After Saint Louise Regional Hospital released its results from a recent phone survey asking Gilroy voters if they would be in favor of a sales tax increase – an avenue the hospital is exploring in light of the exponentially growing need for a bigger emergency room – a group of Gavilan College statistics students took interest and conducted their own poll.
Student Tim Avila, 31, who is spearheading the project, noted it’s “undoubted that all of us want a bigger ER – as it provides a very valuable service.”
However, the fact that Saint Louise “didn’t publish their data” left a “bunch of unanswered questions for us,” said Avila, whose Gavilan statistics class taught by instructor Tricia Sanford looks for real-life scenarios that offer mathematical application. “We just wanted some clarity.”
Saint Louise only released the results of two poll questions, a move students felt hindered the credibility of the survey.
“Publishing the methods is always a good idea,” noted Sanford, whose class discussed the string of Dispatch stories on Saint Louise’s polling effort.
The students’ project comes on the heels of a phone survey conducted by a third party polling company and initiated by the Daughters of Charity Healthcare System, a regional network of six Central Coast hospitals that includes Saint Louise.
The Saint Louise poll surveyed approximately 500 registered voters in Gilroy by phone in the last weeks of December 2011. Having received three times the national average number of patients requiring emergency medical services in 2011 for a facility of its size, the hospital is searching for a means to expand its emergency room – which has eight beds and catered to 26,000 ER patients last year. The project will cost $25 to $30 million, according to hospital spokeswoman Jasmine Nguyen.
When asked during the Saint Louise poll about the potential of a “general purpose” sales tax increase measure ranging between one-half to one-fourth percent, 61 percent of “likely November 2012 voters” expressed support, according to Nguyen.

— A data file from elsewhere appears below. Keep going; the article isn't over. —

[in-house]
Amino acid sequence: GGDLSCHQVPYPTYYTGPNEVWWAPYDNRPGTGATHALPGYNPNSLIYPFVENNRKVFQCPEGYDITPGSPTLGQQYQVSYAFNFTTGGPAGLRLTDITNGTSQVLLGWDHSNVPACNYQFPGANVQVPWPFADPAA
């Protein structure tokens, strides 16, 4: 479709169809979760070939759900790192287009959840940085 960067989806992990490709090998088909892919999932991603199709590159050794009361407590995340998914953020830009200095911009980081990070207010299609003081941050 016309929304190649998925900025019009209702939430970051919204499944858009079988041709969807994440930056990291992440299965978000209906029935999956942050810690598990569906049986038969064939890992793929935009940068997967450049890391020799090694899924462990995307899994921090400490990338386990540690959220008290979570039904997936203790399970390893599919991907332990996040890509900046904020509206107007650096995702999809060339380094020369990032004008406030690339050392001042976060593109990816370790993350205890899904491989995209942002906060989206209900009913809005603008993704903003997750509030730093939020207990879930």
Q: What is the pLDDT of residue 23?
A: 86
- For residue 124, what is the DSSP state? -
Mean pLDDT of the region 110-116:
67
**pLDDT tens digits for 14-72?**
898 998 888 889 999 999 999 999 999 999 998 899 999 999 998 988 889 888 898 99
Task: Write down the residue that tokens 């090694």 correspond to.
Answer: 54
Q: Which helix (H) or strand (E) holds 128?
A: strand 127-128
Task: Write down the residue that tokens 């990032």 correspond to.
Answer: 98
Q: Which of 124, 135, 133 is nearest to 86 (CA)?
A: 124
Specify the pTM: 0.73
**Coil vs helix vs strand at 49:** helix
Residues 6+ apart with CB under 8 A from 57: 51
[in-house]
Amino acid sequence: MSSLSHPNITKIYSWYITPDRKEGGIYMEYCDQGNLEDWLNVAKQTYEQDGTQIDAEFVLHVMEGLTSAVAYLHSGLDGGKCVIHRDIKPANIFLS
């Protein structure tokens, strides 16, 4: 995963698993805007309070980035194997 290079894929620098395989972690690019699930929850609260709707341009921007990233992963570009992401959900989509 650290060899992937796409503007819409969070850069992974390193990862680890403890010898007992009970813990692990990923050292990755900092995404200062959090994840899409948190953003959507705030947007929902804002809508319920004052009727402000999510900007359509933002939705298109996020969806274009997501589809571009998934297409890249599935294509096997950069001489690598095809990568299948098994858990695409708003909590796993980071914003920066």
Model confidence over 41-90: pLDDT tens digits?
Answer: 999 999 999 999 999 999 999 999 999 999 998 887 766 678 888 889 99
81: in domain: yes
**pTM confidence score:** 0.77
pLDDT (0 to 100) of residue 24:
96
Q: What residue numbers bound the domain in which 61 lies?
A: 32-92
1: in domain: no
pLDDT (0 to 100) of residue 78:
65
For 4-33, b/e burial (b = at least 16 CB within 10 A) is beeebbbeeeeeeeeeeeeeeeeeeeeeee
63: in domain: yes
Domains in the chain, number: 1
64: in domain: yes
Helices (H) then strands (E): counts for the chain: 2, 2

A half-a-percentage-point tax hike would raise the local sales tax from 8.25 percent to about 8.75 percent.
When the question about increasing the Gilroy sales tax was paired with providing funding for education, fire services, police officers or services for the elderly, 66 percent of the respondents said they would be in favor of a sales tax, Nguyen said.
The group of four Gavilan classmates have until Wednesday to complete their own study of what voters might consider come November. They considered going door to door, but decided this method “might present a barrier to getting responses, much in the way the phone does,” explained Avila. “If we go door to door, we would only get responses from those who chose to open the door. That was the problem we had with the phone survey.”
Instead, the group has taken to posting outside grocery stores and around downtown. The goal is to get responses from approximately 500 registered Gilroy voters. So far, they have gathered 406 responses while polling outside of Safeway, Nob Hill and in downtown Gilroy over the course of May 4, May 9, Saturday and Sunday.
Of the 341 registered voters who responded, approximately 59.82 percent are likely to vote in 2012 and said they would be in support of a sales tax initiative to expand the emergency room at Saint Louise.
Avila, whose team includes Gavilan students Sarah Oliphant, 16; James Rinfret, 19; and Ashley Costantino, 17 (who attends the Gilroy Early College Academy, located on the Gavilan campus) said the wording of Saint Louise’s survey questions got him interested in obtaining a “general feel for what the people of Gilroy really think about this.”
He was referring specifically to one of Saint Louise’s survey question that paired a sales tax initiative with a gamut of community services. Voters were asked what would make them supportive of a sales tax increase, then given a list of options.